Therese Davis, Romaine Moreton
Monash University
Davis, Therese, and Romaine Moreton. 'Indigenous Performance of History, Loss and Remembrance in Whispering In Our Hearts: The Story of the Mowla Bluff Massacre.' Interventions, vol.15, no.2, 2013, pp.211-223. 
Draws on Romaine Moreton’s work on Indigenous phenomenology to explain how filmmaker, Mitch Torres, uses film technology as a means for transmitting Indigenous embodied ways of knowing in her documentary account of the massacre of ancestors at Mowla Bluff in 1916.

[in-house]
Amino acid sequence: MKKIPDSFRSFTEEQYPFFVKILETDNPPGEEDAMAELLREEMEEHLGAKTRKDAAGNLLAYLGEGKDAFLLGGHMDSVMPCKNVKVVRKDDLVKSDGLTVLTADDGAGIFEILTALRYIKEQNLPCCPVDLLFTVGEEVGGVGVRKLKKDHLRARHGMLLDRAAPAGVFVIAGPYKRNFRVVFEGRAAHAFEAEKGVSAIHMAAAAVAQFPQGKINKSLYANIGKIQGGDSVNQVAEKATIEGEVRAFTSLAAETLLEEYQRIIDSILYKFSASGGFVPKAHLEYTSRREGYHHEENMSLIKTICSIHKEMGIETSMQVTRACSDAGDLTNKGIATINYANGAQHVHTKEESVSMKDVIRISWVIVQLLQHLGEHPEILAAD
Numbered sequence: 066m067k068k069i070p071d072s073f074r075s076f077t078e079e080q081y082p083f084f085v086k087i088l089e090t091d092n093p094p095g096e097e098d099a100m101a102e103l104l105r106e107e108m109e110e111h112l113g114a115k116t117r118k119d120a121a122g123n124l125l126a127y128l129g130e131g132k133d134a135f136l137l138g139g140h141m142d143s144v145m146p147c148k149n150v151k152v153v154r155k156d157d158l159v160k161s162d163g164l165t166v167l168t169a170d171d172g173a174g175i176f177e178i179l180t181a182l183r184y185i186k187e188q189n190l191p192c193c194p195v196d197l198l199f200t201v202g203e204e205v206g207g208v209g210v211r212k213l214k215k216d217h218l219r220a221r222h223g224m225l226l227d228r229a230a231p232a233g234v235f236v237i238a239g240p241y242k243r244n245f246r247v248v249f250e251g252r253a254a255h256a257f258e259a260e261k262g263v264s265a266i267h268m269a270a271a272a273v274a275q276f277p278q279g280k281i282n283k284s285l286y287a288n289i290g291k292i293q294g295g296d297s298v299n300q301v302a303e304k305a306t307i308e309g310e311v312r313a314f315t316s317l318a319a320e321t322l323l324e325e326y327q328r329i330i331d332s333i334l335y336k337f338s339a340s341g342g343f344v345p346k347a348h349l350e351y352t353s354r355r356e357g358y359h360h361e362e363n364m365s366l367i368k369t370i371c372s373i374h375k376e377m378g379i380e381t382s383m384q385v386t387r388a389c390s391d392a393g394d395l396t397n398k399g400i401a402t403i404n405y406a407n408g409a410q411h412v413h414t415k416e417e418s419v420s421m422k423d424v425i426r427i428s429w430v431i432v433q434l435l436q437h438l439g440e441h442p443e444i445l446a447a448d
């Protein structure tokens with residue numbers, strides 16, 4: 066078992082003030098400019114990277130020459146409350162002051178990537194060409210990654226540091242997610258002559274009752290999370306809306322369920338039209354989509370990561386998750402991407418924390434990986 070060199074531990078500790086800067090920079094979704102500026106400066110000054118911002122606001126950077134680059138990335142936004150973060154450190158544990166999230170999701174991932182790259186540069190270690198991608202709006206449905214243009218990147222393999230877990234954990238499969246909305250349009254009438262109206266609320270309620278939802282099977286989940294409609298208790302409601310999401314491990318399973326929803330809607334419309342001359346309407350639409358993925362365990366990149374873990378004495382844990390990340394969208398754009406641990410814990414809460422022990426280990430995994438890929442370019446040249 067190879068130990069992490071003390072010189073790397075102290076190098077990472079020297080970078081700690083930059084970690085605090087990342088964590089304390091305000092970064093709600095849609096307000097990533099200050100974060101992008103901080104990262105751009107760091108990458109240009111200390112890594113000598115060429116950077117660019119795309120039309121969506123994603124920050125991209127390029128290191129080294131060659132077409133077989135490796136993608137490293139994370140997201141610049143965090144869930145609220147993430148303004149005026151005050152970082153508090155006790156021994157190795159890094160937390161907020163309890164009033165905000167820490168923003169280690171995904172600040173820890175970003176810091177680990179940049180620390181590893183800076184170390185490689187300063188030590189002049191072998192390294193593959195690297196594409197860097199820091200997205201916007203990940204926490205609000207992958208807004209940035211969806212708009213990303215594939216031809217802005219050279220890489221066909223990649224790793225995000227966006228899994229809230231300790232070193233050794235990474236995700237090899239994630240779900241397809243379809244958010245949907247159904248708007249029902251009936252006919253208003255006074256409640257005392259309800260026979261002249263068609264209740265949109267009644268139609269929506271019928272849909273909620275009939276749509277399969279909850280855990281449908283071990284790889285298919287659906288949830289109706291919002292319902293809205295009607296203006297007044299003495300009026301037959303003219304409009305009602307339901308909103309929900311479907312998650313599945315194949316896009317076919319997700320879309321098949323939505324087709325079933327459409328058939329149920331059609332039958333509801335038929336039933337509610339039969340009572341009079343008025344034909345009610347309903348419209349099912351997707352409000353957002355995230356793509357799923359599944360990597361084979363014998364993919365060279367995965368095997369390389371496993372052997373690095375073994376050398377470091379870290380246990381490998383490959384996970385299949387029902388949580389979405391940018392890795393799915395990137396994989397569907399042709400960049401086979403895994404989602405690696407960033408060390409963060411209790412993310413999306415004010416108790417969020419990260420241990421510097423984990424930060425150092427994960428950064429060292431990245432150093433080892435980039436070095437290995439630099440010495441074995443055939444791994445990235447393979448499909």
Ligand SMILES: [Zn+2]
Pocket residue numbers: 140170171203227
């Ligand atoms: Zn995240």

This article draws from the authors’ different disciplinary and media backgrounds – Romaine Moreton in Indigenous philosophy, spoken-word performance and filmmaking and Therese Davis in film and cultural studies – to examine the Australian historical documentary film Whispering In Our Hearts: The Mowla Bluff Massacre (2001). Directed by Mitch Torres in collaboration with her community, the Nyikina, Mangala and Karrajarri people of northwestern Australia, the film uses a range of performance modes to expose how Indigenous accounts of a massacre in 1916 have been systematically covered over in and through written history. We examine ways in which the film ‘translates’ the meanings of the Indigenous community’s songs and stories, making their content available to a wider audience and argue that the film is more than a contested or competing history in the western sense. The community innovates to produce a new historiography by adopting and adapting film technology as a means for transmitting Indigenous embodied ways of knowing the relation between the present and the past, sentient and non-sentient, to perform Indigenous history and remembrance for the purpose of cultural healing.